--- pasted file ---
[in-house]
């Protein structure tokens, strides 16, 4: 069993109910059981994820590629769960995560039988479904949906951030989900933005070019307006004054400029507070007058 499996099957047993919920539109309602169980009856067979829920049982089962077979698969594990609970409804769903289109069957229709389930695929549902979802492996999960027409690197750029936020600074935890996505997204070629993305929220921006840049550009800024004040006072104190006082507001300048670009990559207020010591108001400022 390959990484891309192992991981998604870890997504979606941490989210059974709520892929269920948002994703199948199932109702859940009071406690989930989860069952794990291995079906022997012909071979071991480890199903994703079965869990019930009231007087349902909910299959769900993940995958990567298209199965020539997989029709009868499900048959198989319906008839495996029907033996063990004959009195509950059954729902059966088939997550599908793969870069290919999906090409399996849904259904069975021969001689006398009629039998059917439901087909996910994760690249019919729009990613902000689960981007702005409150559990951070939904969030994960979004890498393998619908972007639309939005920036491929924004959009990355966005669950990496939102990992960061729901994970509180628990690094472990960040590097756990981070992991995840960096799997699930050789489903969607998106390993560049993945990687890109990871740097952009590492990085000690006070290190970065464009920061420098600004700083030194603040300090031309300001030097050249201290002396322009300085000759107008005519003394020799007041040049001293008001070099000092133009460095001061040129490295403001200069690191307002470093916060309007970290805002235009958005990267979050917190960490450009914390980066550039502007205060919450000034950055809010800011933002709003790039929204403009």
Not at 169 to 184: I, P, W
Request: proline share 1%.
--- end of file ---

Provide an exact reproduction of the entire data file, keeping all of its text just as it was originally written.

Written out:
[in-house]
């Protein structure tokens, strides 16, 4: 069993109910059981994820590629769960995560039988479904949906951030989900933005070019307006004054400029507070007058 499996099957047993919920539109309602169980009856067979829920049982089962077979698969594990609970409804769903289109069957229709389930695929549902979802492996999960027409690197750029936020600074935890996505997204070629993305929220921006840049550009800024004040006072104190006082507001300048670009990559207020010591108001400022 390959990484891309192992991981998604870890997504979606941490989210059974709520892929269920948002994703199948199932109702859940009071406690989930989860069952794990291995079906022997012909071979071991480890199903994703079965869990019930009231007087349902909910299959769900993940995958990567298209199965020539997989029709009868499900048959198989319906008839495996029907033996063990004959009195509950059954729902059966088939997550599908793969870069290919999906090409399996849904259904069975021969001689006398009629039998059917439901087909996910994760690249019919729009990613902000689960981007702005409150559990951070939904969030994960979004890498393998619908972007639309939005920036491929924004959009990355966005669950990496939102990992960061729901994970509180628990690094472990960040590097756990981070992991995840960096799997699930050789489903969607998106390993560049993945990687890109990871740097952009590492990085000690006070290190970065464009920061420098600004700083030194603040300090031309300001030097050249201290002396322009300085000759107008005519003394020799007041040049001293008001070099000092133009460095001061040129490295403001200069690191307002470093916060309007970290805002235009958005990267979050917190960490450009914390980066550039502007205060919450000034950055809010800011933002709003790039929204403009």
Not at 169 to 184: I, P, W
Request: proline share 1%.